My husband joked yesterday that our house is decorated for Halloween! The decorations: bugs! Real, alive bugs! With the weather getting much colder, the bugs have been looking for a warmer place, which is coincidentally our house. I am NOT a bug person. I hate creepy, crawly things. Maybe I am afraid of the bugs because I do not know a lot about them. From my gardening efforts, I do know that some bugs are very beneficial and pose absolutely no harm to humans. Let’s find out from the Orkin Ecologist which bugs are the scariest and deadliest.
The scariest and deadliest bugs in the world provides a visual mapping of insects, what they look like, and a short bio of them. I really liked the visual representations of the insects. I was surprised to find out the difference between scary insects and deadly insects. Although North American has its share of scary and deadly insects, there are potentially deadlier insects in other parts of the world. I would not want to come within 10 miles of any of the deadly insects. I found it interesting that pretty much every major continent has some form of deadly insect. I was surprised that there were no deadly insects identified for Europe.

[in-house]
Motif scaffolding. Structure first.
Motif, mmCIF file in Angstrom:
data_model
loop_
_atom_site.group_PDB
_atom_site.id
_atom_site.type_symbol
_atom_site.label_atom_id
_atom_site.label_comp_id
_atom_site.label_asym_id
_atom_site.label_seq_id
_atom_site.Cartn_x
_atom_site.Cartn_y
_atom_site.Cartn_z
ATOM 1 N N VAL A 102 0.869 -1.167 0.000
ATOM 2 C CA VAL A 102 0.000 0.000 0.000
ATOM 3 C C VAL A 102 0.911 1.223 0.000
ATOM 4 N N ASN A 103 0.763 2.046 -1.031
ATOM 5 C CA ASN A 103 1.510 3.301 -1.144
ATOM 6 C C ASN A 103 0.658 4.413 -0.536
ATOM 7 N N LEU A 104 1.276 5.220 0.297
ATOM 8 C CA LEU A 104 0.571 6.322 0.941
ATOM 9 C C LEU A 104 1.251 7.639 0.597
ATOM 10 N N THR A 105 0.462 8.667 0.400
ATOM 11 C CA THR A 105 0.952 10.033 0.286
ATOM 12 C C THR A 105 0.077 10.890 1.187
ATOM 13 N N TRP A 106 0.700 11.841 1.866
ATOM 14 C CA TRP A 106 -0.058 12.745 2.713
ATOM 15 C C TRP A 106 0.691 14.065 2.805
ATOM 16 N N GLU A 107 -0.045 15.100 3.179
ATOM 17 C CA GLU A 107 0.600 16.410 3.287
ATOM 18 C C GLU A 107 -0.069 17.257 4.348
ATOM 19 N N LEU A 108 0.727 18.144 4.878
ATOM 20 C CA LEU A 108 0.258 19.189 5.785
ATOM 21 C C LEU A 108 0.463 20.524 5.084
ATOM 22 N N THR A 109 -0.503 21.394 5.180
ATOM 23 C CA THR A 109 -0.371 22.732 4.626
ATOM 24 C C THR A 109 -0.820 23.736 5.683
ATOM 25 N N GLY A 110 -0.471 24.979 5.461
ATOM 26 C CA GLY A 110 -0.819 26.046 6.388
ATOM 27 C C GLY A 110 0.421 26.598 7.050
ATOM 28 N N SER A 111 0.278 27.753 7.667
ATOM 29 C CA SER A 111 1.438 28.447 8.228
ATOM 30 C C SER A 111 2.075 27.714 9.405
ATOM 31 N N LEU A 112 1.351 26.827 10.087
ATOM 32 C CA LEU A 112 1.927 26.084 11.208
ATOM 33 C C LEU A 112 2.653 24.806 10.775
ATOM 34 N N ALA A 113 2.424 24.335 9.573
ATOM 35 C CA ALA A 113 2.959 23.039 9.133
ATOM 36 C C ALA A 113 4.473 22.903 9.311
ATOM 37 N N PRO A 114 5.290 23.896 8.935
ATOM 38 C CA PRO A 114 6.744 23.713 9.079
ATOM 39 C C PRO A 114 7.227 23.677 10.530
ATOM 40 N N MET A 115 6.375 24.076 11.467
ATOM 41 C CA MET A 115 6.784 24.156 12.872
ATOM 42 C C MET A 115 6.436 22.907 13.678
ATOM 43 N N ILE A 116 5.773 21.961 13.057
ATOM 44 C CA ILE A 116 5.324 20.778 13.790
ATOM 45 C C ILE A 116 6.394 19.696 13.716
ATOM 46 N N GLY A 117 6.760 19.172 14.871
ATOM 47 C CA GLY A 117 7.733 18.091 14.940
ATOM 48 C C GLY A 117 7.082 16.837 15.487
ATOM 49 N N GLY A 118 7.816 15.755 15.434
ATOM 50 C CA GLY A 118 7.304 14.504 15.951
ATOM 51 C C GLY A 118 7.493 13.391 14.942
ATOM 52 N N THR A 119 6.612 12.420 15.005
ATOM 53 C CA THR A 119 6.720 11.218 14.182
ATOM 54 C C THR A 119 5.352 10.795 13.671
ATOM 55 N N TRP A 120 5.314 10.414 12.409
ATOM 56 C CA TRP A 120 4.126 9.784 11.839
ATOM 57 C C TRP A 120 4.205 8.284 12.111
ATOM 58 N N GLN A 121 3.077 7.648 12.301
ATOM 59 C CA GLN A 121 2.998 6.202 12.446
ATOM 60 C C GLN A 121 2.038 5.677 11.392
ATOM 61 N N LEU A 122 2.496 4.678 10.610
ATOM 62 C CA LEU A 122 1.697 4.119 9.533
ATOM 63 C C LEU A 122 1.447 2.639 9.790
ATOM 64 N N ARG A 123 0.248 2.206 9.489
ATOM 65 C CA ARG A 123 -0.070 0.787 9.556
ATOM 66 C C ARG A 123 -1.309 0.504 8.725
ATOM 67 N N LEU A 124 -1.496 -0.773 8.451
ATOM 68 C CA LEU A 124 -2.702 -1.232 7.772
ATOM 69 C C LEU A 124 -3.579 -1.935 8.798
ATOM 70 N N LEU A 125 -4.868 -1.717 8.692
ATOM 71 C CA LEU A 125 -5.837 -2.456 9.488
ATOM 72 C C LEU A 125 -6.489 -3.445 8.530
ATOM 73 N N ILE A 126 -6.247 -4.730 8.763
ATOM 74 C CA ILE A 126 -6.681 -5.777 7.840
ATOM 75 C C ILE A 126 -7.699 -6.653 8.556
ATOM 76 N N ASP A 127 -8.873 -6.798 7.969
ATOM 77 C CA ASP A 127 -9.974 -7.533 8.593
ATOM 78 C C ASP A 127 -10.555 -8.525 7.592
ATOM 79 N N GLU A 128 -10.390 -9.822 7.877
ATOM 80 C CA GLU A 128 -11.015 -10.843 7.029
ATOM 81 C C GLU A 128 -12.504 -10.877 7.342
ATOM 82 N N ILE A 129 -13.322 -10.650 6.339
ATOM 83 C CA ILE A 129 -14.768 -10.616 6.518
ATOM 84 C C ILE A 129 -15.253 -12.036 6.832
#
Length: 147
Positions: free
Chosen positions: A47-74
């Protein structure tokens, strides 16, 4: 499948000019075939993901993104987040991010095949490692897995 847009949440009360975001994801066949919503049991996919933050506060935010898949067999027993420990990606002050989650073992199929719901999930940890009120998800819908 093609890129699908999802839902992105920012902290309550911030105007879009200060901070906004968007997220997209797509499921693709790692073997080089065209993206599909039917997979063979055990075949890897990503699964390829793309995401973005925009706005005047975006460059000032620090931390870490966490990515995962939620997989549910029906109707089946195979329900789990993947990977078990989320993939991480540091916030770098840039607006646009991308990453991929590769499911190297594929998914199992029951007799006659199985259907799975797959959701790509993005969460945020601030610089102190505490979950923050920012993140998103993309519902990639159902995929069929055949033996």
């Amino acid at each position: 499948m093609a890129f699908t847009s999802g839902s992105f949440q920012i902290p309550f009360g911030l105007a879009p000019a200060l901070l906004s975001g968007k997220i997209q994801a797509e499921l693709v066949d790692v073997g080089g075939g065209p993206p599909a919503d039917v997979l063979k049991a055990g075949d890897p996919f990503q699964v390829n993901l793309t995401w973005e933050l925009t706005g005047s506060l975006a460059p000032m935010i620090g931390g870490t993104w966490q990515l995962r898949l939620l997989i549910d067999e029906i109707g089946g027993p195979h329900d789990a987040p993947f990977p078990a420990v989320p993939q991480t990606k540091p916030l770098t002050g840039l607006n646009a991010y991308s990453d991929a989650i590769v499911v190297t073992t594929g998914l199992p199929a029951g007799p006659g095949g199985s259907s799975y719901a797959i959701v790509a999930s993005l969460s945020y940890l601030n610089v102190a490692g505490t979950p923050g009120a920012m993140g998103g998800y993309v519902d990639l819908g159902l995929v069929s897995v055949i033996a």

Now that I know the scariest and deadliest bugs, I am not as freaked out by the occasional spider or cave cricket in our house. Spiders are easy to take care of for me. I put a big bowl over top of them and wait for my husband to get home to kill them. If the spider is on the smaller size, I do not mind taking care of him, but I cannot handle killing big spiders. Cave crickets, on the other hand, completely freak me out. I attribute this to their ability to jump far and wide.
My new favorite resource for bugs is the Orkin Ecologist site, which is perfect for novice and experienced users. I like this resource because I can quickly find out what the bug is and how to get rid of it. Check out their current piece on the rise of stink bugs in the United States this year. You can follow Orkin Ecologist on Facebook and on Pinterest.
>> Tell me your #BugOut moment in a comment below, Twitter, or Facebook and include the #BugOut tag.